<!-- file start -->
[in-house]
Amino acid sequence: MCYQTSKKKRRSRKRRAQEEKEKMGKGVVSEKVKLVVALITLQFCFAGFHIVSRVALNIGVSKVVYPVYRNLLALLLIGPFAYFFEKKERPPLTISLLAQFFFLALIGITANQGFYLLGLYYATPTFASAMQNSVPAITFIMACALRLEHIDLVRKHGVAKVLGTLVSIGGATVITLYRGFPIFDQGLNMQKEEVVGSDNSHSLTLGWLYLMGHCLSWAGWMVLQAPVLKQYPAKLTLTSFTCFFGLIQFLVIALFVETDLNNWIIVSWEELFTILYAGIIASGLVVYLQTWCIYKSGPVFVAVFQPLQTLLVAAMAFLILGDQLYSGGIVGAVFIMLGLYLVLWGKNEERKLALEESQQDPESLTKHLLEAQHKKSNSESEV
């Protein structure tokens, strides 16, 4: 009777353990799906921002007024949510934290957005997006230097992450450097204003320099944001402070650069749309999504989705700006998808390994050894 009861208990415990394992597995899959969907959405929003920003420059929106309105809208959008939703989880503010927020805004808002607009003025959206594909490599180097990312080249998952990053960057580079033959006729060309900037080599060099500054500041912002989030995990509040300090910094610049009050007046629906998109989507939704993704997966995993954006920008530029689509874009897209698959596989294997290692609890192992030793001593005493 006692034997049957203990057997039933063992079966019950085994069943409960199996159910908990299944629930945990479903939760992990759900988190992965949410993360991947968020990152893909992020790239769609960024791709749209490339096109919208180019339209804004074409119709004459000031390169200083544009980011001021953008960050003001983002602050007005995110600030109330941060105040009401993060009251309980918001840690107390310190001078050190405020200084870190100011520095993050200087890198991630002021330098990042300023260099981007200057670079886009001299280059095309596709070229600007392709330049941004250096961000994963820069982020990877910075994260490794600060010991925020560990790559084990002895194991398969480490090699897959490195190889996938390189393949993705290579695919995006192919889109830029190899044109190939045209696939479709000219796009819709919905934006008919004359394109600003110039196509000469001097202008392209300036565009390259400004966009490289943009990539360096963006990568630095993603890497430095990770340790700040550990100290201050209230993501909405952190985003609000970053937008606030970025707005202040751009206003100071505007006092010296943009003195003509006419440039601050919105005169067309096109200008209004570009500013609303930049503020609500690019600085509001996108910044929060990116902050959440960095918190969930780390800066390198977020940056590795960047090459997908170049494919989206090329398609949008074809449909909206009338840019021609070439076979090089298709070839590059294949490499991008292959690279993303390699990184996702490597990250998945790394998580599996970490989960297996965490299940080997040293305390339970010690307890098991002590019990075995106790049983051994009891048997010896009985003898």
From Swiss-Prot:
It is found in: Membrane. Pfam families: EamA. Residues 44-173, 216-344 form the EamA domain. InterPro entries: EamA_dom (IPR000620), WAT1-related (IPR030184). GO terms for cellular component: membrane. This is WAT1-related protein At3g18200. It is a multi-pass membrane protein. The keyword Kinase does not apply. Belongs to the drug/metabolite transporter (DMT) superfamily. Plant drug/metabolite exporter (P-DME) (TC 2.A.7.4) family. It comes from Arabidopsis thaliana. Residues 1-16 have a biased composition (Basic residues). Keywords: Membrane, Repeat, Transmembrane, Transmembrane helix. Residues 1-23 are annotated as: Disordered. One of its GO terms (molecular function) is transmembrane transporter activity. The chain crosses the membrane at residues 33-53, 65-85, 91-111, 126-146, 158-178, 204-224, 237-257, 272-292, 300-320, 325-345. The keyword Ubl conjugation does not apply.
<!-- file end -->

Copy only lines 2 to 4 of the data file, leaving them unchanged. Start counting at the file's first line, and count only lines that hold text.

Amino acid sequence: MCYQTSKKKRRSRKRRAQEEKEKMGKGVVSEKVKLVVALITLQFCFAGFHIVSRVALNIGVSKVVYPVYRNLLALLLIGPFAYFFEKKERPPLTISLLAQFFFLALIGITANQGFYLLGLYYATPTFASAMQNSVPAITFIMACALRLEHIDLVRKHGVAKVLGTLVSIGGATVITLYRGFPIFDQGLNMQKEEVVGSDNSHSLTLGWLYLMGHCLSWAGWMVLQAPVLKQYPAKLTLTSFTCFFGLIQFLVIALFVETDLNNWIIVSWEELFTILYAGIIASGLVVYLQTWCIYKSGPVFVAVFQPLQTLLVAAMAFLILGDQLYSGGIVGAVFIMLGLYLVLWGKNEERKLALEESQQDPESLTKHLLEAQHKKSNSESEV
């Protein structure tokens, strides 16, 4: 009777353990799906921002007024949510934290957005997006230097992450450097204003320099944001402070650069749309999504989705700006998808390994050894 009861208990415990394992597995899959969907959405929003920003420059929106309105809208959008939703989880503010927020805004808002607009003025959206594909490599180097990312080249998952990053960057580079033959006729060309900037080599060099500054500041912002989030995990509040300090910094610049009050007046629906998109989507939704993704997966995993954006920008530029689509874009897209698959596989294997290692609890192992030793001593005493 006692034997049957203990057997039933063992079966019950085994069943409960199996159910908990299944629930945990479903939760992990759900988190992965949410993360991947968020990152893909992020790239769609960024791709749209490339096109919208180019339209804004074409119709004459000031390169200083544009980011001021953008960050003001983002602050007005995110600030109330941060105040009401993060009251309980918001840690107390310190001078050190405020200084870190100011520095993050200087890198991630002021330098990042300023260099981007200057670079886009001299280059095309596709070229600007392709330049941004250096961000994963820069982020990877910075994260490794600060010991925020560990790559084990002895194991398969480490090699897959490195190889996938390189393949993705290579695919995006192919889109830029190899044109190939045209696939479709000219796009819709919905934006008919004359394109600003110039196509000469001097202008392209300036565009390259400004966009490289943009990539360096963006990568630095993603890497430095990770340790700040550990100290201050209230993501909405952190985003609000970053937008606030970025707005202040751009206003100071505007006092010296943009003195003509006419440039601050919105005169067309096109200008209004570009500013609303930049503020609500690019600085509001996108910044929060990116902050959440960095918190969930780390800066390198977020940056590795960047090459997908170049494919989206090329398609949008074809449909909206009338840019021609070439076979090089298709070839590059294949490499991008292959690279993303390699990184996702490597990250998945790394998580599996970490989960297996965490299940080997040293305390339970010690307890098991002590019990075995106790049983051994009891048997010896009985003898």
From Swiss-Prot: